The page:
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US regulators shut Columbian Bank in Kansas

US regulators shut Columbian Bank in Kansas

Federal regulators on Friday shut down Columbian Bank and Trust Co. in Kansas. It was the ninth failure this year of a federally insured bank.
The Federal Deposit Insurance Corp. was appointed receiver of the bank, located in Topeka, Kansas. It had $752 million in assets and $622 million in deposits as of June 30.
The FDIC said the bank's deposits will be assumed by Citizens Bank and Trust of Chillicothe, Missouri. Its nine offices will reopen Monday as branches of Citizens Bank.
Depositors of Columbian Bank will continue to have full access to their deposits, the agency said.
The nine failures so far this year compare with three for all of 2007, and federal banking officials have said that more banks are in danger of collapse.
The pressures of tighter credit, tumbling home prices and rising foreclosures have been battering many banks, large and small, across the nation.
The FDIC estimated that the resolution of Columbian Bank will cost the deposit insurance fund around $60 million.
Regular deposit accounts are insured up to $100,000, while retirement accounts have $250,000 insurance coverage.
There were about $46 million in uninsured deposits held in 610 accounts at Columbian Bank that potentially exceeded the insurance limit, the FDIC said.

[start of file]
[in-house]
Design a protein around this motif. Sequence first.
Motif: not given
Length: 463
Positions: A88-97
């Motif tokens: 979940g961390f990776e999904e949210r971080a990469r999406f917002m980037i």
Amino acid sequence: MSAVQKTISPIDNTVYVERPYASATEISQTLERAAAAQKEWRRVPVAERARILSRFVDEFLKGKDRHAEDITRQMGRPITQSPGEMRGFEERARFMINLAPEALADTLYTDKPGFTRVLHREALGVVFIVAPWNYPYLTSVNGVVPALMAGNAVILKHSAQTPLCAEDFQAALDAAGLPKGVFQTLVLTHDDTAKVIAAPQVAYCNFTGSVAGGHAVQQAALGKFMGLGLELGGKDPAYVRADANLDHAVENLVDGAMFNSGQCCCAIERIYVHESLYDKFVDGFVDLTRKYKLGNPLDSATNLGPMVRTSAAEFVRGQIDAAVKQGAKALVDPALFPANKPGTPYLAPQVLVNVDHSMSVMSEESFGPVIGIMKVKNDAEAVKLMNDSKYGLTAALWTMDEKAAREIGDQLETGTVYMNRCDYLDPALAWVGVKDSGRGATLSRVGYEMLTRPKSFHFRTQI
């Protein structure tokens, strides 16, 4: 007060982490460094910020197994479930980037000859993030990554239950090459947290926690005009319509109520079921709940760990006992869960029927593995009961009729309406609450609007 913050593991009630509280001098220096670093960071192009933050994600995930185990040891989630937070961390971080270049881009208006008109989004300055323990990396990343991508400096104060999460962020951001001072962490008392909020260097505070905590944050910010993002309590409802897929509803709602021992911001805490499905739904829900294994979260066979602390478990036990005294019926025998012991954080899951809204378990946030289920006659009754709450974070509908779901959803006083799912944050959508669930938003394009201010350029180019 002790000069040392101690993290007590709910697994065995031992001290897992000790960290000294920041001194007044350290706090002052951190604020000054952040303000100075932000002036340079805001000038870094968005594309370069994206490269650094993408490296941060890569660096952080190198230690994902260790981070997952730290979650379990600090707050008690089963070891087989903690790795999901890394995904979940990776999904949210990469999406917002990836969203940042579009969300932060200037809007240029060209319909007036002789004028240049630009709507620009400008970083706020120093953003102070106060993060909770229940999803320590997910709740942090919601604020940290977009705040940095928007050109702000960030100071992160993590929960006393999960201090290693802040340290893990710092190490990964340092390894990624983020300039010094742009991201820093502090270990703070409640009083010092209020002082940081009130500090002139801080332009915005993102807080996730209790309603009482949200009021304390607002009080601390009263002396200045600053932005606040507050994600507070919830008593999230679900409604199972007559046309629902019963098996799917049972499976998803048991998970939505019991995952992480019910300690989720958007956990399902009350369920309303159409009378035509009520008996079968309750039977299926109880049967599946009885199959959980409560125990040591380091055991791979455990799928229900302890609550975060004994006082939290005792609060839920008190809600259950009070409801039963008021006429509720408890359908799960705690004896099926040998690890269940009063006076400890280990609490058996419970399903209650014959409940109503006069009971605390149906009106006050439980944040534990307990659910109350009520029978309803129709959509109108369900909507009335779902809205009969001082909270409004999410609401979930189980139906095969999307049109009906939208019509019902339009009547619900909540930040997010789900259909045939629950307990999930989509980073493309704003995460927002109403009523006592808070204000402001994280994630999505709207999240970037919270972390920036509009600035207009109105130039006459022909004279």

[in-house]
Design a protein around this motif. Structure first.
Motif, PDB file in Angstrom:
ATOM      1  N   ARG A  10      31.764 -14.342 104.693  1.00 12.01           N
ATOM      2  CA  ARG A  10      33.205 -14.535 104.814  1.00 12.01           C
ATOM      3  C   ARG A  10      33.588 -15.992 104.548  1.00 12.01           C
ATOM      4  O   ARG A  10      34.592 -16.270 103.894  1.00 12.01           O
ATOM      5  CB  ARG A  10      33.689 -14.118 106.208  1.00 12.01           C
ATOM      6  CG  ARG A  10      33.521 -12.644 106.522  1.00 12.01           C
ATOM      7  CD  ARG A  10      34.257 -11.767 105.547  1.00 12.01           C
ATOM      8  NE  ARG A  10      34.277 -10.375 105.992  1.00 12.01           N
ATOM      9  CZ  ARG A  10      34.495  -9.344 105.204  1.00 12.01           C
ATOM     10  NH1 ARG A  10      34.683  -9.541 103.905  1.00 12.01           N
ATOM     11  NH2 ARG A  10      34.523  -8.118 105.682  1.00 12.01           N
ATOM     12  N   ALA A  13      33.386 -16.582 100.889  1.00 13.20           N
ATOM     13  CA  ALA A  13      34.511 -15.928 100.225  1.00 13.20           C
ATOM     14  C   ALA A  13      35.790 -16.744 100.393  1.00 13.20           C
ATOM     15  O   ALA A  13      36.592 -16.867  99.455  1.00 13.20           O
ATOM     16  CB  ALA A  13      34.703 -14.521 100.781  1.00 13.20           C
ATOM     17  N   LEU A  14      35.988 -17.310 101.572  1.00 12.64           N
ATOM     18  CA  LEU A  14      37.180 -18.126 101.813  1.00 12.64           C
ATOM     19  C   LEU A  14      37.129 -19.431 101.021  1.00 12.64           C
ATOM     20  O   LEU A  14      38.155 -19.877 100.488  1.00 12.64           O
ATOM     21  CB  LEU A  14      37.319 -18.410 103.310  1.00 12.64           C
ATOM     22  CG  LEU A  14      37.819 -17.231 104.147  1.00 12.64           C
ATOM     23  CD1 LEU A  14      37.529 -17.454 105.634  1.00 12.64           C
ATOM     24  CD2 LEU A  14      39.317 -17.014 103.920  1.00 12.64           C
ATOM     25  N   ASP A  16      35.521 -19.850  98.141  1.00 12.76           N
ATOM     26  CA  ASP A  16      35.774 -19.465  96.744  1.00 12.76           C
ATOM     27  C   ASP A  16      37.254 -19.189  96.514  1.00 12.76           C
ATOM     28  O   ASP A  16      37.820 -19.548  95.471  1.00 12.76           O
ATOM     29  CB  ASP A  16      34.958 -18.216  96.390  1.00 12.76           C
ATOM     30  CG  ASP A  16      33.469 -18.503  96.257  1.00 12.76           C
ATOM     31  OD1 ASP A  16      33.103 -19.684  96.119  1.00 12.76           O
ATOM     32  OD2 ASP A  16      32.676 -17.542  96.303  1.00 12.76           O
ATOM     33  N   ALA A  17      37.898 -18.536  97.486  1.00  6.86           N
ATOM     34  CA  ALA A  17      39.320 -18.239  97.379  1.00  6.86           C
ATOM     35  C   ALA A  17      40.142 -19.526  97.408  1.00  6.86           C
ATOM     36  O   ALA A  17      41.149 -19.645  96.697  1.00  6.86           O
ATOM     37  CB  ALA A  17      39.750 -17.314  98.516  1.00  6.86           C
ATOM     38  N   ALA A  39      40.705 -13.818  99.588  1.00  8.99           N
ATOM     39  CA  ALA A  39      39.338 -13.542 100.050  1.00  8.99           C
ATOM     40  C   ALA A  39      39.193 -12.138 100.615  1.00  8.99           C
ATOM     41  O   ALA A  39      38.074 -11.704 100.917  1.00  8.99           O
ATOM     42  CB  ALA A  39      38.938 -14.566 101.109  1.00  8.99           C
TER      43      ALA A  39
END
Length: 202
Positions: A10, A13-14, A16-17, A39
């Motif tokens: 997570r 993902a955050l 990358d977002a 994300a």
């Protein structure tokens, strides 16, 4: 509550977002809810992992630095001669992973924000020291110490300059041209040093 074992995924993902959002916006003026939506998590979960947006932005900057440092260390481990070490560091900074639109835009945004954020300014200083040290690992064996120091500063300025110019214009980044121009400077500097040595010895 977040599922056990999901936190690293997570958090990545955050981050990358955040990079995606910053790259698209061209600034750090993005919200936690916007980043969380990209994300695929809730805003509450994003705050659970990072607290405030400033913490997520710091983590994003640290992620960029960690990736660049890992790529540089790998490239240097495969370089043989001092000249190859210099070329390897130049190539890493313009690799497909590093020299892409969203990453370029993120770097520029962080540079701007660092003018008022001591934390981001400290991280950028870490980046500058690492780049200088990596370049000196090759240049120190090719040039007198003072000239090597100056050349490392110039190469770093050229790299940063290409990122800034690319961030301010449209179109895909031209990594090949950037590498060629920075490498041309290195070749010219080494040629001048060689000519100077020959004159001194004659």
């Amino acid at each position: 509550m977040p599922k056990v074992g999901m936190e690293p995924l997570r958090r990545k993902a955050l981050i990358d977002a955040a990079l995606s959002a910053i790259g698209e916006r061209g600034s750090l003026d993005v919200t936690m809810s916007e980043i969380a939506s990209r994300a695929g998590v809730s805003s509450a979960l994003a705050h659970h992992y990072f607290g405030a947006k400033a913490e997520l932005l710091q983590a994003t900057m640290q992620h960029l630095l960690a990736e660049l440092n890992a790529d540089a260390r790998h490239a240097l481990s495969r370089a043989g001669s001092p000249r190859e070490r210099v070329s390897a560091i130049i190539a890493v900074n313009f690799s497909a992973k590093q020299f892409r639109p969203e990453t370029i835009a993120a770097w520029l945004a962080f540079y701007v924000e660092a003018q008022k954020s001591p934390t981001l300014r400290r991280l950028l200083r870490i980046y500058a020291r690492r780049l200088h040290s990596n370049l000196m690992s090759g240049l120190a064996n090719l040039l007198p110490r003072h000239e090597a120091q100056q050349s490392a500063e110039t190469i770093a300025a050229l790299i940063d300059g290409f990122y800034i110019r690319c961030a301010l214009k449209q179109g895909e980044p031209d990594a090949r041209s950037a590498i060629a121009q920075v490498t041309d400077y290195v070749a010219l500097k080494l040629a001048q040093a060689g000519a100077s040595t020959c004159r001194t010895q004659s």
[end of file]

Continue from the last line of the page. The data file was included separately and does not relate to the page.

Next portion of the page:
The FDIC has been beefing up its staff of examiners to handle the anticipated spike in bank failures this year.
The largest bank failure so far involved savings and loan IndyMac Bank, which was seized by regulators on July 11 with about $32 billion in assets and deposits of $19 billion.
The seizure of Pasadena, California-based IndyMac, which was the largest regulated thrift to fail in the United States, prompted hundreds of angry customers to line up for hours in Southern California to demand their money.
IndyMac also was the second-largest financial institution to close in U.S. history, after Continental Illinois National Bank in 1984.
The FDIC has been operating the bank, now called IndyMac Federal Bank, under a conservatorship.
Of the 8,500 or so banks in the country, 90 were considered to be in trouble in the first quarter. The FDIC doesn't disclose the banks' names.


Updated : 2020-12-05 02:57 GMT+08:00